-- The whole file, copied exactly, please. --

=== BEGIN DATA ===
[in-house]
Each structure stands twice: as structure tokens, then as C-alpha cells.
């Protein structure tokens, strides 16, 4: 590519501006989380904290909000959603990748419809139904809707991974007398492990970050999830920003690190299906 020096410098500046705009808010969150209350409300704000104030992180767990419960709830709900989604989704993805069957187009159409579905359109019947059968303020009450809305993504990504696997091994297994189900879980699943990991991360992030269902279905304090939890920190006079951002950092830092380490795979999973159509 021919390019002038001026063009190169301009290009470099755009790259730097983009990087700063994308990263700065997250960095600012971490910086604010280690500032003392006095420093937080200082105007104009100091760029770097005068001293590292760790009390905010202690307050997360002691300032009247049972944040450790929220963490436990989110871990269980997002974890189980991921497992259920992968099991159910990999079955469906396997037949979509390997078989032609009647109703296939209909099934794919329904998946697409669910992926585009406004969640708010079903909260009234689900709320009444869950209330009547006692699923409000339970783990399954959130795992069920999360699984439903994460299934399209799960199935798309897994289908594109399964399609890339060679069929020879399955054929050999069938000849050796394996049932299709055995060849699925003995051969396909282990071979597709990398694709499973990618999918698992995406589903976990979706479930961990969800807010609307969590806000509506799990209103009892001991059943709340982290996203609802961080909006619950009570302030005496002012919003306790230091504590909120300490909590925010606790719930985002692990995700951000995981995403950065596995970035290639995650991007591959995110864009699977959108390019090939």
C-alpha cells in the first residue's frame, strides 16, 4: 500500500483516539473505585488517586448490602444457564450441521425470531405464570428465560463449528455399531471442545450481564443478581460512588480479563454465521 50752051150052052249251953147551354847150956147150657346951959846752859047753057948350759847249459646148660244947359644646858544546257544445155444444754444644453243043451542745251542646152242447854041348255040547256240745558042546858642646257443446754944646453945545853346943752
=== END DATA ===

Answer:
[in-house]
Each structure stands twice: as structure tokens, then as C-alpha cells.
């Protein structure tokens, strides 16, 4: 590519501006989380904290909000959603990748419809139904809707991974007398492990970050999830920003690190299906 020096410098500046705009808010969150209350409300704000104030992180767990419960709830709900989604989704993805069957187009159409579905359109019947059968303020009450809305993504990504696997091994297994189900879980699943990991991360992030269902279905304090939890920190006079951002950092830092380490795979999973159509 021919390019002038001026063009190169301009290009470099755009790259730097983009990087700063994308990263700065997250960095600012971490910086604010280690500032003392006095420093937080200082105007104009100091760029770097005068001293590292760790009390905010202690307050997360002691300032009247049972944040450790929220963490436990989110871990269980997002974890189980991921497992259920992968099991159910990999079955469906396997037949979509390997078989032609009647109703296939209909099934794919329904998946697409669910992926585009406004969640708010079903909260009234689900709320009444869950209330009547006692699923409000339970783990399954959130795992069920999360699984439903994460299934399209799960199935798309897994289908594109399964399609890339060679069929020879399955054929050999069938000849050796394996049932299709055995060849699925003995051969396909282990071979597709990398694709499973990618999918698992995406589903976990979706479930961990969800807010609307969590806000509506799990209103009892001991059943709340982290996203609802961080909006619950009570302030005496002012919003306790230091504590909120300490909590925010606790719930985002692990995700951000995981995403950065596995970035290639995650991007591959995110864009699977959108390019090939």
C-alpha cells in the first residue's frame, strides 16, 4: 500500500483516539473505585488517586448490602444457564450441521425470531405464570428465560463449528455399531471442545450481564443478581460512588480479563454465521 50752051150052052249251953147551354847150956147150657346951959846752859047753057948350759847249459646148660244947359644646858544546257544445155444444754444644453243043451542745251542646152242447854041348255040547256240745558042546858642646257443446754944646453945545853346943752